Combating illicit trade a key pillar of Belgium’s anti-radicalisation strategy says deputy prime minister Jan Jambon
European governments yet to grasp scale and nature of so called underground economy, conference warned.
Is the trade in illicit goods helping to finance terrorist organisations?
A Brussels conference has been told that the lucrative trade in illicit goods is helping to finance terrorist organisations such as Islamic State.
Speaking on Tuesday at a conference on counterfeit trade, Belgium’s deputy prime minister Jan Jambon said the “shadow economy” had helped finance those behind the terrorist atrocity in Brussels nearly 12 months ago.
The event was also told that the international community is “losing the battle” against the trade in illicit goods and that European governments “do not get” the scale and nature of the problem.
- The unwillingness of the UK government to compromise on Brexit may leave Scotland with no choice but to seek independence, writes Stephen Gethins.
- There are different reasons why people believe in extremist ideologies or join extremist groups, explains Alexander Ritzmann.
- Renewed call for reform of European Arrest Warrant in wake of Romanian businessman’s death
- Role of civil society deemed crucial in fight against radicalisation.
- Juncker welcomes Theresa May’s Brexit clarification, but warns UK can expect ‘difficult' negotiations
In a keynote speech, Jambon said, “An enormous illegal economy has been created worldwide, stimulating a tangle of obscure flows of money, allowing terrorists and their direct accomplices to organise themselves in a kind of parallel universe.”
He added, “If you check their background, you will notice that terrorists often indulge in criminal activities at a very young age, often in the shadow economy.
“They make friends who help them later on to survive financially and to bear the cost of their terrorist plots. But they also learn the tricks of the trade: “how to organise your business in such a way to remain, as long as possible, out of sight of the police and security enforcement agencies”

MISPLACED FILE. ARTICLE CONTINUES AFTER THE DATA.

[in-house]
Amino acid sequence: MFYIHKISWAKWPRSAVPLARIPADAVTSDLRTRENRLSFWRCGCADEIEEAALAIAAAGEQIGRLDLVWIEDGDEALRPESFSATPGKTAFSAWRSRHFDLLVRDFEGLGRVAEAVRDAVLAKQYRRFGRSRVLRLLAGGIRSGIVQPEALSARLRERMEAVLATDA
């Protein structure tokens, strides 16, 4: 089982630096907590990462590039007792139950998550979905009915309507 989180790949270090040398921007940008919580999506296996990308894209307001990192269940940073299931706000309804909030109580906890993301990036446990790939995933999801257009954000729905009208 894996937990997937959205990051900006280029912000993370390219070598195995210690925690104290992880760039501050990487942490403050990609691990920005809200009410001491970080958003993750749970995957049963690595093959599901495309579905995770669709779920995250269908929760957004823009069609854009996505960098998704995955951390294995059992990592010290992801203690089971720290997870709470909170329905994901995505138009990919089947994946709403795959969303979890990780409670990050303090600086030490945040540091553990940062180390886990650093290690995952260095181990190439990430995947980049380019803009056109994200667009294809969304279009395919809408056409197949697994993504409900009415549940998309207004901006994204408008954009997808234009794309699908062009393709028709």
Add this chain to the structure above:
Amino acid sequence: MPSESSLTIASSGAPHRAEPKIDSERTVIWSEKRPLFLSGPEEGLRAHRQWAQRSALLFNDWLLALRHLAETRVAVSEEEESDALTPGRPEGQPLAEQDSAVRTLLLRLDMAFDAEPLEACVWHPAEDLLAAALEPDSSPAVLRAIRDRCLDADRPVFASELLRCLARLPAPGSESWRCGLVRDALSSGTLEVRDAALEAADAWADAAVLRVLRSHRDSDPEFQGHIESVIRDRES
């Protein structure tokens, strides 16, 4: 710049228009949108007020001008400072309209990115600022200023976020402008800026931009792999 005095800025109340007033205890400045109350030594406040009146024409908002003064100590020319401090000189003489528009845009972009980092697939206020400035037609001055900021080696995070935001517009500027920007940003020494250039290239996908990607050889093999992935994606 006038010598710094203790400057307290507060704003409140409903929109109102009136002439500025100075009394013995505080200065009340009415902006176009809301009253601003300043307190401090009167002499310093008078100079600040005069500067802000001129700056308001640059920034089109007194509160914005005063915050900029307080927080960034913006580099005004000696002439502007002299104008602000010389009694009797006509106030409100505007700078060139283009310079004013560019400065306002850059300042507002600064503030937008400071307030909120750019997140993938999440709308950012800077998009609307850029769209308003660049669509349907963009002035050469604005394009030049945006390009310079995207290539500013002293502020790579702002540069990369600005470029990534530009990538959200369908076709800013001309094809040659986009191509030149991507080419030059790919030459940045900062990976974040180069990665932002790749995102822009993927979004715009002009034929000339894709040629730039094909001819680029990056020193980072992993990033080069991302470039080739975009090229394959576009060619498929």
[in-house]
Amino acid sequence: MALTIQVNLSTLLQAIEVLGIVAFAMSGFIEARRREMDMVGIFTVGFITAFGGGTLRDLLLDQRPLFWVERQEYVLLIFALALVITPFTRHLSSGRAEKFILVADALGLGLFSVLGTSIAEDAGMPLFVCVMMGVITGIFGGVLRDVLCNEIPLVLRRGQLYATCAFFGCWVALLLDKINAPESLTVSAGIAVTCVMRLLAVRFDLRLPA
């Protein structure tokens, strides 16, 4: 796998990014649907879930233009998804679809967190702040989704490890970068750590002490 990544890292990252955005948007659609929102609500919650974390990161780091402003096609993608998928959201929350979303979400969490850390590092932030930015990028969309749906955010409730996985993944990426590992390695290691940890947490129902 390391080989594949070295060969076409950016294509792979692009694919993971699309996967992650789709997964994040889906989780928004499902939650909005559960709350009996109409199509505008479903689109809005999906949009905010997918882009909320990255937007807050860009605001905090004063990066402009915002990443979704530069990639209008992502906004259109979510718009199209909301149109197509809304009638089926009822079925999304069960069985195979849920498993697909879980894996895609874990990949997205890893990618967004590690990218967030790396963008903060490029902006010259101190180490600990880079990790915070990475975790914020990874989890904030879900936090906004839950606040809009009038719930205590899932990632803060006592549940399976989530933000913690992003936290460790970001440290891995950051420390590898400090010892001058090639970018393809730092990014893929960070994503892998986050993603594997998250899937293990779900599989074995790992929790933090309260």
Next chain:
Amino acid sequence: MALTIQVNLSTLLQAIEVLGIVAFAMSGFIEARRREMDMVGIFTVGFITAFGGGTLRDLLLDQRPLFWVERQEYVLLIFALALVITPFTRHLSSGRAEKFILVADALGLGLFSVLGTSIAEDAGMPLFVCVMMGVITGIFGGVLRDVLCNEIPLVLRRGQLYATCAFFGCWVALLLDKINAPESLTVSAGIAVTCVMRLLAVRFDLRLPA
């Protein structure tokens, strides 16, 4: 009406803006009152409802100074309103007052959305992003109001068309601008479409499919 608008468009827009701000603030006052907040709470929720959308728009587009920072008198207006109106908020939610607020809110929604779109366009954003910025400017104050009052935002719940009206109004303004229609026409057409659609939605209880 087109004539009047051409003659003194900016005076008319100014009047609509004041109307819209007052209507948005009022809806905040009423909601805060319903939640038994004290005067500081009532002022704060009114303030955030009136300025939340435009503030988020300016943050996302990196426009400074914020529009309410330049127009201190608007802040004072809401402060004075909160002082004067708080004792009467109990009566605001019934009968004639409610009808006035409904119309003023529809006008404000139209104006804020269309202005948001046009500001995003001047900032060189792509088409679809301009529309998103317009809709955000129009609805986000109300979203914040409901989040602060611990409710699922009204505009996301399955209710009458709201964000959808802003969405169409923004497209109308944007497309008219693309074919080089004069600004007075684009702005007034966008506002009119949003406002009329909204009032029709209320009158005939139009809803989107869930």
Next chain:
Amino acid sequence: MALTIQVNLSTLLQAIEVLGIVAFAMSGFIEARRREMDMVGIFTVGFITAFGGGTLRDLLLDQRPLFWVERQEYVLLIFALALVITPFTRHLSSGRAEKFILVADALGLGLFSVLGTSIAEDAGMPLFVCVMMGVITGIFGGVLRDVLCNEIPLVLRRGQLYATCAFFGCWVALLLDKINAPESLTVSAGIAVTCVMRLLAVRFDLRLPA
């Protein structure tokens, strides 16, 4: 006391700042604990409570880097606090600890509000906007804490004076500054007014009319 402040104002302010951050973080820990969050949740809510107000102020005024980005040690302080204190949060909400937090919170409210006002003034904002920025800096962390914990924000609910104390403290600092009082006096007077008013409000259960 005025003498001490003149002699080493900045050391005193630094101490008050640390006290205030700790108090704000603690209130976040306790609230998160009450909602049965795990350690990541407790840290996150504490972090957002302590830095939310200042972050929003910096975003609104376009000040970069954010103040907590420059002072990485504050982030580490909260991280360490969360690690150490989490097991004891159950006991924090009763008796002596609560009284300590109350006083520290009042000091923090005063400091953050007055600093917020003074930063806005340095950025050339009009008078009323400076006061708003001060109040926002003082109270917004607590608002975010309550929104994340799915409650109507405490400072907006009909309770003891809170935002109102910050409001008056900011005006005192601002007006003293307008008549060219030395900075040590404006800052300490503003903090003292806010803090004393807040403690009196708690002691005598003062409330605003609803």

Jambon said, “Of course, not all undeclared workers, traffickers or dealers in counterfeit products end up as terrorists. But – often without realising it themselves - the profit of their lucrative little business is what allows terrorists to execute their plans.
“Due to the enormous amount of money that can be earned in the shadow economy, people start to think that ‘everything is possible and that everything is allowed’.
He told the conference, “It’s not a coincidence that terrorist cells emerge at places where illicit trade is thriving. Because of this, the municipality of Molenbeek in Brussels appeared in a bad light worldwide. A violent extremist such as Abdeslam Salah was able to hide for months in the centre of this borough while police forces were searching frenetically for him.
“In districts such as Molenbeek, the parallel economy, at some point, started to become so predominant that terrorism has been covered up both literally and figuratively, and impunity has become the norm.”
The minister said that the battle against the underground economy was “one of the great pillars of Belgium’s so-called “Canal plan”, set up by the government after the attacks in Paris and Brussels to fight terrorism and violent extremism in nine districts in and around the Belgian capital.